Somali troops require upgraded arms and financial support following ATMIS withdrawal according to former intelligence officer

Somali Troops Require Upgraded Arms And Financial Support Following Atmis Withdrawal According To Former Intelligence Officer

Somalia Soldiers Urgently Require Modern Weapons and Funds as ATMIS Prepares to Exit – Former Spy Chief

Mogadishu, Somalia – In light of the imminent mass withdrawal of the African Union Transition Mission in Somalia (ATMIS) after more than a decade of service, a former senior intelligence officer, Abdirahman Mohamed Turyare, emphasizes the need for the international community to focus on equipping and adequately funding Somalia soldiers. He warns that without proper equipment, the withdrawal of ATMIS could create a significant gap, potentially exposing civilians in the country. The presence of mission troops has been crucial in maintaining relative stability in Somalia.

To date, over 2000 soldiers have already left the country, and an additional 3,000 are expected to depart this month. Just recently, Burundian troops handed over their base in the Middle Shabelle region to government forces, marking the initial transfer of 10 forward operating bases.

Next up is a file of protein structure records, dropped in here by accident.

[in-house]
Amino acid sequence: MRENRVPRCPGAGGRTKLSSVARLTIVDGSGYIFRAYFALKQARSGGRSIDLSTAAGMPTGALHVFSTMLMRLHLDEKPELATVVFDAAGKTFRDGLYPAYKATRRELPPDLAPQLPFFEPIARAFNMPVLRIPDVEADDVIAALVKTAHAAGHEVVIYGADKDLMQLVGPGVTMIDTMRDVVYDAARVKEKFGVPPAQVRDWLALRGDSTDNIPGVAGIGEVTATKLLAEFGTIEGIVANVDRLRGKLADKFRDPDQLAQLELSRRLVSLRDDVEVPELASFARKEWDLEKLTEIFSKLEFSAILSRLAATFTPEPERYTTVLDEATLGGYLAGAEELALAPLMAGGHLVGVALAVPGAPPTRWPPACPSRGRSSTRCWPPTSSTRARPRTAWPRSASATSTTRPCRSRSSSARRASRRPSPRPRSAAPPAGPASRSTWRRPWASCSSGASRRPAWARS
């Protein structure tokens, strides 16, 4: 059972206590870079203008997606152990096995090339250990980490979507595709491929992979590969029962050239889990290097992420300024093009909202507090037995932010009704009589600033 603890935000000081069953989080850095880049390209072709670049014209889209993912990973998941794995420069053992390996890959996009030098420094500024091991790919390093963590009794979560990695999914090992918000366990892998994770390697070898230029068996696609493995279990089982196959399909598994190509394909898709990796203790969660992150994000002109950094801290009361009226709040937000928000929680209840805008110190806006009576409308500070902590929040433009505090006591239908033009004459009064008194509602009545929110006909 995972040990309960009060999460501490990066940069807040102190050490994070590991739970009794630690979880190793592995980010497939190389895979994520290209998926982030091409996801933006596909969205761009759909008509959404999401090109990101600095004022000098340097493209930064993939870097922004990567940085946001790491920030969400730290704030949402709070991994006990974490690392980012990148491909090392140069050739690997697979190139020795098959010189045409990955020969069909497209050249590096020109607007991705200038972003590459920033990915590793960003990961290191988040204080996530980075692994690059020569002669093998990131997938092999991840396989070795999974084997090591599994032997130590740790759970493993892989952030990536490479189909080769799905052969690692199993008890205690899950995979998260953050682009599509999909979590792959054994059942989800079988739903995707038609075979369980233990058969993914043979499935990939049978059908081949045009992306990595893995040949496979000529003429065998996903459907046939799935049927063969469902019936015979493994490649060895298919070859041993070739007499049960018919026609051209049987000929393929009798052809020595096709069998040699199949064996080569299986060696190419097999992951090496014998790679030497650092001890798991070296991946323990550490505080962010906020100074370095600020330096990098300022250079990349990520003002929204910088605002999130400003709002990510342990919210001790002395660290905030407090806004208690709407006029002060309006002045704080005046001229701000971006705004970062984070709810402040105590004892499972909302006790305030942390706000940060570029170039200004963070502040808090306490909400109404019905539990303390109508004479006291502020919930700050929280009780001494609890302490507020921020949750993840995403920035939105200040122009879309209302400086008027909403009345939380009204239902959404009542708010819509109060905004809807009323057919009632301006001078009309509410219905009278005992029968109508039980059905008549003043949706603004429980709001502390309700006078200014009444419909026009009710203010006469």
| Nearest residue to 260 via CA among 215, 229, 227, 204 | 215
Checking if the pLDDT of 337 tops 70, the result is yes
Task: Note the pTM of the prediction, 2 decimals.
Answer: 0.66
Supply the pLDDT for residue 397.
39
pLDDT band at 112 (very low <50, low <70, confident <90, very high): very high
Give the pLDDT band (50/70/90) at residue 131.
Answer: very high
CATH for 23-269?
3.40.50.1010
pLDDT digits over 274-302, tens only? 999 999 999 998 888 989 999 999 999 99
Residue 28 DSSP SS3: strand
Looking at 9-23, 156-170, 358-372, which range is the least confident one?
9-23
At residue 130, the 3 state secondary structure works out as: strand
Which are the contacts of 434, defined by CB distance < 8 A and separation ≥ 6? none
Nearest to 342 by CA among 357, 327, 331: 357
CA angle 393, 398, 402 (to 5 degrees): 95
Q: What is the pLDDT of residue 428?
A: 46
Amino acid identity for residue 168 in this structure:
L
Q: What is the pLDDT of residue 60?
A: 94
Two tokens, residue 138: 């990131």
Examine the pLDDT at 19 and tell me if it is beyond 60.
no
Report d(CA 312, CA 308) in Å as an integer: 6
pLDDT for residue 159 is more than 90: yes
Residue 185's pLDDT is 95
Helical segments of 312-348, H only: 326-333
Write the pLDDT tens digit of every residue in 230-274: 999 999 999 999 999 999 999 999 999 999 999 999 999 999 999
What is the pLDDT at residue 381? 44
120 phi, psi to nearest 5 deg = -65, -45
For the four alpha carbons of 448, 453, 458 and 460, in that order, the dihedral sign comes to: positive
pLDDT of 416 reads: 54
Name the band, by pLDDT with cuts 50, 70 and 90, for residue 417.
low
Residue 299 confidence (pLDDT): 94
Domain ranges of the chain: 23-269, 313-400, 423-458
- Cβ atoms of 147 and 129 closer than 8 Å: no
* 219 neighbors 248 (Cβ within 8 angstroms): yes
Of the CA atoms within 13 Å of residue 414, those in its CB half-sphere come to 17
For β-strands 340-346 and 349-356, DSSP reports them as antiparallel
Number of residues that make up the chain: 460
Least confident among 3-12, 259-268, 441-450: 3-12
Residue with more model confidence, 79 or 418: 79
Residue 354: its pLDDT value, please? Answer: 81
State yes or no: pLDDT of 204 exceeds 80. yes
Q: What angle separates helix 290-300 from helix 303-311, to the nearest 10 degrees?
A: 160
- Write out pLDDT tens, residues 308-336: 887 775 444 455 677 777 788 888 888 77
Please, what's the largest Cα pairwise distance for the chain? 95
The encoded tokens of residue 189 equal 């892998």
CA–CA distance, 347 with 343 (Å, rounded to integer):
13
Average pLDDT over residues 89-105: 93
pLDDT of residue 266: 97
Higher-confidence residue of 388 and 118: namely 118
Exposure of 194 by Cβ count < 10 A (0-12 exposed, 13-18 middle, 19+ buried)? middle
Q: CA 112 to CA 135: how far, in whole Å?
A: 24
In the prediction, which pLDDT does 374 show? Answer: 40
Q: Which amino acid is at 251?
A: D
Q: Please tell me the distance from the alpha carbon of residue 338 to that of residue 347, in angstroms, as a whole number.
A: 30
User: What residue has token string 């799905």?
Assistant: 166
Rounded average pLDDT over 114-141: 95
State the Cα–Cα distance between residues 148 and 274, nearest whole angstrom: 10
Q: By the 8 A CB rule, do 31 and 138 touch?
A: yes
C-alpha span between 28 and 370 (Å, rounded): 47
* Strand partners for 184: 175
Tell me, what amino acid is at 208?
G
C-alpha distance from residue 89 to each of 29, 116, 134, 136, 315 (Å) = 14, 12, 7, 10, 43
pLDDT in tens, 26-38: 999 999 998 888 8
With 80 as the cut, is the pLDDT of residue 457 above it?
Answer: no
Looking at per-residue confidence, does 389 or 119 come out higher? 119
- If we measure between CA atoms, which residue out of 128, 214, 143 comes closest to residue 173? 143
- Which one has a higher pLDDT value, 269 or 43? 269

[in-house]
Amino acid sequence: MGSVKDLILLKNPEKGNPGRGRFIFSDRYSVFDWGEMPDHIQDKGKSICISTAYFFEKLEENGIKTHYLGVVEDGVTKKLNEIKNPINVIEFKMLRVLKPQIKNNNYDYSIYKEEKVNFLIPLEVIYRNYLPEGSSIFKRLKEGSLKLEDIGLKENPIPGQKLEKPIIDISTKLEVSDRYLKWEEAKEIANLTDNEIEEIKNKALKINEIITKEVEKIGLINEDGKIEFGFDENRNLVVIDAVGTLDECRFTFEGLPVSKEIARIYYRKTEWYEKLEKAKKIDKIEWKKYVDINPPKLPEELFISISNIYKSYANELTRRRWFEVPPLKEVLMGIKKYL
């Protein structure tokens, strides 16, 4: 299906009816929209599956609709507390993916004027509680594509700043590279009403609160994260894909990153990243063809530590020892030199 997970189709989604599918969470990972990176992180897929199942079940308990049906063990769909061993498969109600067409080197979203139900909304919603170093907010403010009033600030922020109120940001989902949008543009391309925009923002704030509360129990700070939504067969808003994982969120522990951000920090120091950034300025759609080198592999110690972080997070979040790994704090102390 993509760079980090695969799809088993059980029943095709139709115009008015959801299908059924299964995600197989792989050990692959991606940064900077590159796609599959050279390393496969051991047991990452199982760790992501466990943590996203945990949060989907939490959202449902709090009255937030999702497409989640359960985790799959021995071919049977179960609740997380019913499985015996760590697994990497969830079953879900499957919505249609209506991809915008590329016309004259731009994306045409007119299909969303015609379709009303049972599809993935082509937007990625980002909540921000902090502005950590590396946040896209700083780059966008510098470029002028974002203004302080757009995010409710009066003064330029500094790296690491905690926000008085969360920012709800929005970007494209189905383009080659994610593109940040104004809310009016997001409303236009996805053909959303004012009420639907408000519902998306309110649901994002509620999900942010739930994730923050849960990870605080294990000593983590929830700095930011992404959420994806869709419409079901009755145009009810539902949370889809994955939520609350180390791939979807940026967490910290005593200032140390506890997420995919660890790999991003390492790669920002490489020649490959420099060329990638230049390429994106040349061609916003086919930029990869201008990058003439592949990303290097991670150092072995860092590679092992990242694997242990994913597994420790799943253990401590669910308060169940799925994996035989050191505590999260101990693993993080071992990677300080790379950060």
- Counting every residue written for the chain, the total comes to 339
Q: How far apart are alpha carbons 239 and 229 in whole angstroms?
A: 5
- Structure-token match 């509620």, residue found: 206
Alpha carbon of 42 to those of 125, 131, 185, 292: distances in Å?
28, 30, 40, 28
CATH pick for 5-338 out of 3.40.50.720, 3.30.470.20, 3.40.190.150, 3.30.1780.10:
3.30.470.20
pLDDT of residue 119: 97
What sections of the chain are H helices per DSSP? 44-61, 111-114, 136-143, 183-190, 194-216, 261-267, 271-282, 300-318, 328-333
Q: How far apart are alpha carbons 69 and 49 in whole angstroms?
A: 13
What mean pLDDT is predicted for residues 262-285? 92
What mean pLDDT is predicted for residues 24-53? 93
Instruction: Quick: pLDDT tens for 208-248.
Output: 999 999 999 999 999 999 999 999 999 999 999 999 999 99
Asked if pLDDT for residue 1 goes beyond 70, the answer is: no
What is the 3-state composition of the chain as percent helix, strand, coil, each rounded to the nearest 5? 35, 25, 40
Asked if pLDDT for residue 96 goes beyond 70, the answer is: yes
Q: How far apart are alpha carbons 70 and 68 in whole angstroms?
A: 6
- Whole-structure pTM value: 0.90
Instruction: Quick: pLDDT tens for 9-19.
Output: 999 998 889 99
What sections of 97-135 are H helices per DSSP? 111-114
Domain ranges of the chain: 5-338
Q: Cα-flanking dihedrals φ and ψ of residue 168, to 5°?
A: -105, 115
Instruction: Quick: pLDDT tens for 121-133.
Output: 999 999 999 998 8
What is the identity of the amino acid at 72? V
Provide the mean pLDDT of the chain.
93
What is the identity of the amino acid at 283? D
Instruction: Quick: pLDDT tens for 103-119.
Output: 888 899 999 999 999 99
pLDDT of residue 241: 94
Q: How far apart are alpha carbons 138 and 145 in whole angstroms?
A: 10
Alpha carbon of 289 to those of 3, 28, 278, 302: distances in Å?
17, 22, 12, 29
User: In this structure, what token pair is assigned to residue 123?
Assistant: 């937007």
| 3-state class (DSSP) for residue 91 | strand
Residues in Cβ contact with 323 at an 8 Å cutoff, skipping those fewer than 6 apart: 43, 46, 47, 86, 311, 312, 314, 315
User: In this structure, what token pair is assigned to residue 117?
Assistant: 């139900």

By the end of December 2023, the size of the ATMIS contingent is anticipated to decrease from 20,000 to 12,000, with the remaining troops expected to leave in 2024. However, some government officials suggest that the withdrawal should be postponed.

General Turyare argues that the military resources, including equipment and funds allocated for the AU troops, should be made available to the Somali army in order to bolster their military operations against al-Shabab. He suggests transferring at least a portion of these resources, stating, “If they cannot transfer all, at least some of it.”

Turyare acknowledges that the impact of the drawdown on Somalia’s security will depend on the progress of ongoing military operations. He explains, “If the government makes significant advancements in the liberation campaign in the coming months, it can better handle the reduction of AU troops. However, if the operation drags on without success, it will have a negative impact as the AU troops currently hold areas where civilians reside.”

President Hassan Sheikh Mohamud has recently reached out to Ethiopia, Kenya, and Djibouti, requesting non-ATMIS troops to support the second phase of operations against Al-Shabaab. However, these countries have yet to confirm their commitment to the request, as no soldiers have been dispatched thus far.